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A thatched cottage, just like the ones all British people live in. (Pic: Matt Cardy/Getty Images)
A thatched cottage, just like the ones all British people live in. (Pic: Matt Cardy/Getty Images)
A thatched cottage, just like the ones all British people live in. (Pic: Matt Cardy/Getty Images)

Wherever you may go around the world, it’s easy to conclude that if a home has four walls and a ceiling, everything else must be broadly the same. Well, even if that were true (and it’s not) there are still tiny differences between a house on the other side of the world and the house you normally live in that can be quite unsettling the first time you encounter them.

So, having conducted extensive research into American and British households (by comparing notes between the traveling experiences of Anglophenia writers) what are the things that are commonly recognizable to most British households that will come as a surprise to most American visitors?

Here are some possibilities, be prepared:

Pay As You Go meters
To avoid getting stung by unexpected bills for gas and electricity, some British households use a system whereby they go to a local shop and have credit placed on an electronic tag called a PayPoint key. Just as a pay-as-you-go phone gives you a set amount of credit to make and receive calls, so the PayPoint key gives you a certain amount of gas, electricity or even water. This is just a modern update on the old system which relied upon putting coins in a meter.

No light switches and plug sockets in the bathroom
Due to a healthy fear of electrocution, British bathrooms don’t tend to be wired up for electricity, as it does not play nicely with water. The noble exception to this rule is the two-pin electric shaver socket, which can either be wall-mounted or part of the light over a mirror. Some bathrooms don’t even have the light switch in the room: It’s out in the hall or landing, just by the door. It’s worth checking this before you find yourself feeling a wall in the middle of the night while busting for a pee.

“The bathroom”
This is worth getting right before you’re in too much of a hurry. Should you need to use the conveniences, ask for a bathroom and you may be directed to a room with a bath in it, but no toilet. The Brits are terribly literal like that. By all means, ask if you can use the toilet, or the lavatory, or the loo, and they will immediately direct you to the nearest room in which you can do your business.

No sinks in the toilet in some homes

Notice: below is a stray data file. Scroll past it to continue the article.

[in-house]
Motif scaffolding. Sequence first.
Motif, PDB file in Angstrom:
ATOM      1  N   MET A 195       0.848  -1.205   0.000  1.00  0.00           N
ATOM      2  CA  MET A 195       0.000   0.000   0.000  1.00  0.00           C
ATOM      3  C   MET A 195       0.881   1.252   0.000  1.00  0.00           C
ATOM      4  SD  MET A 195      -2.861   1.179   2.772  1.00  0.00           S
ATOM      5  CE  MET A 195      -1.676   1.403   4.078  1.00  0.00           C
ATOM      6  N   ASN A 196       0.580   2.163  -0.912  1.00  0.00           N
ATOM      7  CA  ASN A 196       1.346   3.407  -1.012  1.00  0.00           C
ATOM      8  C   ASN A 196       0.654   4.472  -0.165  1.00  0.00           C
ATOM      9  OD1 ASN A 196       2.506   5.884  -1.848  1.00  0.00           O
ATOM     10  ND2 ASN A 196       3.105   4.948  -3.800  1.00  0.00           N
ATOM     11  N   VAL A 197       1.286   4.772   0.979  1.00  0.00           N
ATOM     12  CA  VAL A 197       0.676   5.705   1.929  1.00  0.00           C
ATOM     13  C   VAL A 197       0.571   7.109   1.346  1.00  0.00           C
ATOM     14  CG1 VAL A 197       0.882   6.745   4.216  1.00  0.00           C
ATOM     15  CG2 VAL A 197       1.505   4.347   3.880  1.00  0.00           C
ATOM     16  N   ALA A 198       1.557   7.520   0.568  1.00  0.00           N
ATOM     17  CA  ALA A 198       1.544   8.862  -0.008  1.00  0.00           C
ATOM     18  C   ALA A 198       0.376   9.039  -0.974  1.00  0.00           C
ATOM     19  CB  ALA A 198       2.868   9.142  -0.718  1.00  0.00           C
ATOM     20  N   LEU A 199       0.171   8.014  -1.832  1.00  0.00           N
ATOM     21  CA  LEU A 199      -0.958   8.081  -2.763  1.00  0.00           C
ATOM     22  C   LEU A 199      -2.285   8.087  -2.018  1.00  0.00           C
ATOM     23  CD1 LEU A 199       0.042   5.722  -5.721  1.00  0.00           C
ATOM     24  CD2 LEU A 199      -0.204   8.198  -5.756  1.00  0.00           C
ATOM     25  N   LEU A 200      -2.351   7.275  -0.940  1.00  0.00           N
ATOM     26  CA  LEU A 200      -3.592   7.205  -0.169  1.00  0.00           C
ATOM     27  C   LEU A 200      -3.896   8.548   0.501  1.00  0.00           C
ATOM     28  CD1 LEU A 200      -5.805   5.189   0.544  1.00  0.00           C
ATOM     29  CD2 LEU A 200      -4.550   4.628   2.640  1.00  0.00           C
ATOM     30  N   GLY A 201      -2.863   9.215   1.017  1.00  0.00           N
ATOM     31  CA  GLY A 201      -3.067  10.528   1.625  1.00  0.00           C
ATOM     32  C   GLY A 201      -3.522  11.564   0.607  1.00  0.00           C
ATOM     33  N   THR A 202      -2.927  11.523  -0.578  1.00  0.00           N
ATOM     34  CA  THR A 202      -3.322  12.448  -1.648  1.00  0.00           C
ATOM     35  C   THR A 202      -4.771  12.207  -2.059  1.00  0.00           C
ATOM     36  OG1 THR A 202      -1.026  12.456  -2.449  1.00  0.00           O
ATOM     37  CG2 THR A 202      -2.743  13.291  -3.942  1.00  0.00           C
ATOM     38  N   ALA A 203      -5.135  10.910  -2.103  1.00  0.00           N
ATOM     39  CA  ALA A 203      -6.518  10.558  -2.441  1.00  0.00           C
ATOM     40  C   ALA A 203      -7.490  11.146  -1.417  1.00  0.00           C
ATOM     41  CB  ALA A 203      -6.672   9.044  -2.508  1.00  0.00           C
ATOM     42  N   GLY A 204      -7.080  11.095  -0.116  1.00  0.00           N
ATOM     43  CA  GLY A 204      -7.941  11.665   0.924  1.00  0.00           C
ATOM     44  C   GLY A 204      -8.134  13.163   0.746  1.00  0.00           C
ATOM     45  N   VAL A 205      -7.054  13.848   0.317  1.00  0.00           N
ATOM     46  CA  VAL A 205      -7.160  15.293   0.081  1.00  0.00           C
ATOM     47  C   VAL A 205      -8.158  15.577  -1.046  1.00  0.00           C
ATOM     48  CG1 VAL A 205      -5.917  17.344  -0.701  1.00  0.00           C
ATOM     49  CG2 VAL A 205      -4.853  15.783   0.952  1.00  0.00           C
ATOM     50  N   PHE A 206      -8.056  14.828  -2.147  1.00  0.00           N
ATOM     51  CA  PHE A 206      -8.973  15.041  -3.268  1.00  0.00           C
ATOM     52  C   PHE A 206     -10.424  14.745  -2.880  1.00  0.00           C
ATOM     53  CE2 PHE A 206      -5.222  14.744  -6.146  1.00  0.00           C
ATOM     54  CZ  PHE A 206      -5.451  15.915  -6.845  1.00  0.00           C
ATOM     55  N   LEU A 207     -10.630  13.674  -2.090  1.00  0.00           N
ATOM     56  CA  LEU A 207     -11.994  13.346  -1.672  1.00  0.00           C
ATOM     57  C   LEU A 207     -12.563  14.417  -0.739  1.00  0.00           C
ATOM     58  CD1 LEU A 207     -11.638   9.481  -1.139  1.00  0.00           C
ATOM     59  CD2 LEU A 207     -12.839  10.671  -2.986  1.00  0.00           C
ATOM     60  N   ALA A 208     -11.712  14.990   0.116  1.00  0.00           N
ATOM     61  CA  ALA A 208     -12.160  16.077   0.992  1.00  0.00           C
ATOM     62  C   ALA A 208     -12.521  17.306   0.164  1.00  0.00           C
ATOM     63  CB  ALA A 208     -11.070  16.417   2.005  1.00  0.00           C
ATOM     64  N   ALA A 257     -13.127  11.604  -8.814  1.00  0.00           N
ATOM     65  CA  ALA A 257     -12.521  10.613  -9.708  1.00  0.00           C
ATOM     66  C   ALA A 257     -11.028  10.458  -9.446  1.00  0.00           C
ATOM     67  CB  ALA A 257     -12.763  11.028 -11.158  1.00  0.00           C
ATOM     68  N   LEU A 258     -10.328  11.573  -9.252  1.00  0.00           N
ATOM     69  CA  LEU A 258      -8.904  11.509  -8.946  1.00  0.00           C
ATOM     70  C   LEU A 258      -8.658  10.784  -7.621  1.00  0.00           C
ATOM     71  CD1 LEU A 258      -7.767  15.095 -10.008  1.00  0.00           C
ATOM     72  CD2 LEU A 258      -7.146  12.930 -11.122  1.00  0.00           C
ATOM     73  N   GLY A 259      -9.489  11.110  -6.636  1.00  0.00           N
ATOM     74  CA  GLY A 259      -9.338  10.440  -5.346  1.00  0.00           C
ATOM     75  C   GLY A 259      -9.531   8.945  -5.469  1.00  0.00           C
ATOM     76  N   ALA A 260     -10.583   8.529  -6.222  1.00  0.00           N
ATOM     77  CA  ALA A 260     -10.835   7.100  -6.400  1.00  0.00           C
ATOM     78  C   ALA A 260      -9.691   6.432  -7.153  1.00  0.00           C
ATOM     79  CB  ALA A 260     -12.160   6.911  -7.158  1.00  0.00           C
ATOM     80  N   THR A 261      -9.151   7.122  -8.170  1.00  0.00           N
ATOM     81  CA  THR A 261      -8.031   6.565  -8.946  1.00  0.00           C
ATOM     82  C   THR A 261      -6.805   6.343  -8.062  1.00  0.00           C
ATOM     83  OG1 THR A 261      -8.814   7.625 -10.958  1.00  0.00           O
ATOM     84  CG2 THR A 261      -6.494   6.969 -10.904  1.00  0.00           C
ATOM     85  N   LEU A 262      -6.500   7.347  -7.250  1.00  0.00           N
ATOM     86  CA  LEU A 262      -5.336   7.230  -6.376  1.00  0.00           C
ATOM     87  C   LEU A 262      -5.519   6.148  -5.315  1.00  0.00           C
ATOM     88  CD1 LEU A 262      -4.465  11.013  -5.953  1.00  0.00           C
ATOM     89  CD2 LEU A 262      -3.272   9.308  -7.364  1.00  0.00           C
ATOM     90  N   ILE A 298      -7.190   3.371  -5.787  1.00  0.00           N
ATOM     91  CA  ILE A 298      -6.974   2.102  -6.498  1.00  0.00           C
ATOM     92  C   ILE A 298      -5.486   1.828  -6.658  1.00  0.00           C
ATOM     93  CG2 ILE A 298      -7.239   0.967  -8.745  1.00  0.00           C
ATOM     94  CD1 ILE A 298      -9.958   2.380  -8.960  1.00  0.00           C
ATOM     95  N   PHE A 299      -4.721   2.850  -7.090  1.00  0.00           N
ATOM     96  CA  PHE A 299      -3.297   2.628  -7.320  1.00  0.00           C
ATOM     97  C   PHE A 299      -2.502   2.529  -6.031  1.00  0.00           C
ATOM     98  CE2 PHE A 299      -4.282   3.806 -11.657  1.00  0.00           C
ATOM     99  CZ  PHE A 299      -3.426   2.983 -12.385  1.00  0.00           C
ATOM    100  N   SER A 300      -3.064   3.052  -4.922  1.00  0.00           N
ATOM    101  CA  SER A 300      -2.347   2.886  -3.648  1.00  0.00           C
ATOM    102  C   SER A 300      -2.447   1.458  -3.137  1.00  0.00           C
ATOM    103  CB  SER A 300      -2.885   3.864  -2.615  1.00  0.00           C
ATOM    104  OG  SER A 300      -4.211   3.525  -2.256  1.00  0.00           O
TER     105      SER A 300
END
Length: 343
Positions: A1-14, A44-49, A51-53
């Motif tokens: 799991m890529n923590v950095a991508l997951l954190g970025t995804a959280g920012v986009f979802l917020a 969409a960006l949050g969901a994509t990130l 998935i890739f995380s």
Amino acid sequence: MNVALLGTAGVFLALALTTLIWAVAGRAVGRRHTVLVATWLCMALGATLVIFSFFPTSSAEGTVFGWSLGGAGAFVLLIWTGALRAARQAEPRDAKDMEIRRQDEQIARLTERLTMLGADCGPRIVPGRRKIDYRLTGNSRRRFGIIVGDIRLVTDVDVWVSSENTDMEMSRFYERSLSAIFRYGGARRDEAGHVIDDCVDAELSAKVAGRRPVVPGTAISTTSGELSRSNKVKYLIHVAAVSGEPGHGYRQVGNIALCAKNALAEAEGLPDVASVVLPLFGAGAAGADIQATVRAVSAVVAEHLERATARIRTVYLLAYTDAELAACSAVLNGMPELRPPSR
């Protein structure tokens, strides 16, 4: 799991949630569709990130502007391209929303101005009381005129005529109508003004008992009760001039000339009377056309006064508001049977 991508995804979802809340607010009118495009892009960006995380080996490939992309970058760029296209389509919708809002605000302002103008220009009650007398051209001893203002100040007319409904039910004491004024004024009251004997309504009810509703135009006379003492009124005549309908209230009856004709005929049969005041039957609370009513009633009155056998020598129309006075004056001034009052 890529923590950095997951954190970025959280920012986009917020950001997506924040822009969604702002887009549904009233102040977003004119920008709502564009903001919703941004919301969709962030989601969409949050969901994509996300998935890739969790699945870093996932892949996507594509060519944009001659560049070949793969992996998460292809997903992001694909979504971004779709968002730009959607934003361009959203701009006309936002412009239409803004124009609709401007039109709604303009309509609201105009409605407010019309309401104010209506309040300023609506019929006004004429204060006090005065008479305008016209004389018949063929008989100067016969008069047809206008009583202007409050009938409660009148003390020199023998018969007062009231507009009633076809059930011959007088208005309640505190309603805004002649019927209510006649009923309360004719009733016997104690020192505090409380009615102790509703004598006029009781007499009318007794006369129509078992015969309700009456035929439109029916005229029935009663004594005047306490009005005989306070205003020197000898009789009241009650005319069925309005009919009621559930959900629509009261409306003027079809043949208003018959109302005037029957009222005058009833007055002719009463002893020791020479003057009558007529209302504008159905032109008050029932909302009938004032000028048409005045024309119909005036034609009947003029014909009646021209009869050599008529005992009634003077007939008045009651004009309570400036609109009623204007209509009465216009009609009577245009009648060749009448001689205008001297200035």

Not true of every house, but sometimes there’s just a toilet and no sink. Sometimes the sink is in the bathroom, where there is no toilet. It’s best not to think about the logistics of other people’s hand-washing too much when in a home such as this.

Separate hot and cold taps, with no mixing tap for warm water
As we’ve discussed before, the reason why the Brits used to be very keen on keeping their hot and cold water in separate hot/cold taps is a little unsettling. We’ll let Tom Scott explain why, because it’s gross:

Anyway, there are still sinks with separate hot and cold taps, but probably not because there’s rat water in the loft any more. Should you wish a nice mix of both to wash your hands, you’ll have to do it in the sink.

The ground floor
Just in case you’re staying at an apartment or flat and have received instructions as to which floor to go to; in Britain the ground floor is at ground level and the first floor is the one upstairs, which contrasts with the American system whereby the first floor is at ground level and the second floor is the one upstairs. If someone says their flat is on the third floor, that’s three stories up from the entrance level, not two.

Three-pin plugs
British electrical sockets have been designed to be safer than any other, and the three-pin plugs on electrical items are designed with this in mind. The longer pin at the top of the triangle is earth, and it’s longer so that it removes the safety hatches over the other two pins, the ones that deliver the electric current if you were to be unwise enough to stick a pin or a tiny wet finger in there. Just be aware that the sockets don’t work if you don’t push the plug all the way in, or if they’re not switched on at the wall.

Of course, none of this is of any use if you visit Britain and don’t take the right travel adaptor with you.

Air conditioning
Not a common feature in British houses, even in the summer. Open a window!

Basements, garages, cellars and sheds
It’s not common for British houses to have basements of the sort you could set up as a TV room or a den, and the buildings that do have that kind of thing—especially in cities—are often divided into flats. What you do get more often is cellars, which are pokier, damper and more the sort of place you’d keep wine or your galoshes than gather en masse. If you wish to find somewhere to escape by yourself, you might wish to consider the shed: basically a treehouse for grown-ups to do hobbies in or store the lawn-mower. The garage (pronounced “garidge” like “porridge”) is unlikely to be big enough, or uncluttered enough, for teenagers to start a band in either.

Tea cosies

Four people who are old enough to know better, acting the goat. (Pic:  Chris Jackson/Getty Images)
Four people who are old enough to know better, acting the goat. (Pic: Chris Jackson/Getty Images)

Nothing about this scene is typical to a British household, have no fear. But those things on their heads are not hats, they are tea cosies, to be placed upon teapots, for the keeping warm of tea so you can have a second cup directly after the first. Yes, it’s tempting to wear one on your head, but it’s not a good look if you’re actually going out.

See more:
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By Fraser McAlpine